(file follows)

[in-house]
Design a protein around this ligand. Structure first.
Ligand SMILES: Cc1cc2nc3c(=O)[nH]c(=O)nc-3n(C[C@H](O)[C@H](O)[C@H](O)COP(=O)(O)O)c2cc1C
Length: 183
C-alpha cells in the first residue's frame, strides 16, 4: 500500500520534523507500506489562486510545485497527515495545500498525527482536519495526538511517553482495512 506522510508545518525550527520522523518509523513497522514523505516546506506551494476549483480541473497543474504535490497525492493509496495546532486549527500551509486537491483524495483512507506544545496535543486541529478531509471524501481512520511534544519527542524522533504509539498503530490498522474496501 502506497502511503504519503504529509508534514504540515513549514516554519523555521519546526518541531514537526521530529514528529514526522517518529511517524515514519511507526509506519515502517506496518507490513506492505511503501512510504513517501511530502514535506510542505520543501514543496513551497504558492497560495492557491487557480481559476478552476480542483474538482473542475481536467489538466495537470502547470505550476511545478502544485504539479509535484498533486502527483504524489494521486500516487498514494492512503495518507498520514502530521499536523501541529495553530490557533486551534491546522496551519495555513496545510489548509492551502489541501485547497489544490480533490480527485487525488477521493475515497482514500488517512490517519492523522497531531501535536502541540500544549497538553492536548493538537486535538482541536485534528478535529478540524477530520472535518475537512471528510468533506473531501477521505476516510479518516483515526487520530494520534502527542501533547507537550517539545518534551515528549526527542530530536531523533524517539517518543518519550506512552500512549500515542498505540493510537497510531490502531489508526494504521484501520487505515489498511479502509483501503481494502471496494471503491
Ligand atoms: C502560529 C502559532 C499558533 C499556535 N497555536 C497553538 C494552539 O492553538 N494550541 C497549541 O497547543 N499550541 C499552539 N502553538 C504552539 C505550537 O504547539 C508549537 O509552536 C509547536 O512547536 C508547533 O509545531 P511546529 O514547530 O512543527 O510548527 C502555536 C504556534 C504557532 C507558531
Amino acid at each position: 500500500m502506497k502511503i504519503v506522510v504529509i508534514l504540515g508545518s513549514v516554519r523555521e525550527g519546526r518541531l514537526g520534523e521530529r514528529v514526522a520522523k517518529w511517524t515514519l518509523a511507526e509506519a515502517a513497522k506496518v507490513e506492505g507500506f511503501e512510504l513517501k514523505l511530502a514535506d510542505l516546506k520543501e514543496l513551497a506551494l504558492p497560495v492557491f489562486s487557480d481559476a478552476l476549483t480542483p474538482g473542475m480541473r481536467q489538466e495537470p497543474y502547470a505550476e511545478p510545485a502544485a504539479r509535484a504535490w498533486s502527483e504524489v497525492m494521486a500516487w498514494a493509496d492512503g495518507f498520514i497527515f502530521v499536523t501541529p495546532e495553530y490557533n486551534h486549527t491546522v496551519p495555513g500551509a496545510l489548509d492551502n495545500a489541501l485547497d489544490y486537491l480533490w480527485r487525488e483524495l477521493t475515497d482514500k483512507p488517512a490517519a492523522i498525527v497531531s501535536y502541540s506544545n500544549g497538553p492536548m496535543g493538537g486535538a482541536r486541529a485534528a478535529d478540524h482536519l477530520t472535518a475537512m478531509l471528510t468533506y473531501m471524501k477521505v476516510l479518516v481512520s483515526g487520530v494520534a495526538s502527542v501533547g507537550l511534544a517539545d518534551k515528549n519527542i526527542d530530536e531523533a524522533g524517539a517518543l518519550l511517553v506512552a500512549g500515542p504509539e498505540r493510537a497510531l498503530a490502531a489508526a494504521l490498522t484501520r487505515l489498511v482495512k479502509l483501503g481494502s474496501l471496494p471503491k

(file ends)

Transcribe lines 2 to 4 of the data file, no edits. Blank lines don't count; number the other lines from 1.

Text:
Design a protein around this ligand. Structure first.
Ligand SMILES: Cc1cc2nc3c(=O)[nH]c(=O)nc-3n(C[C@H](O)[C@H](O)[C@H](O)COP(=O)(O)O)c2cc1C
Length: 183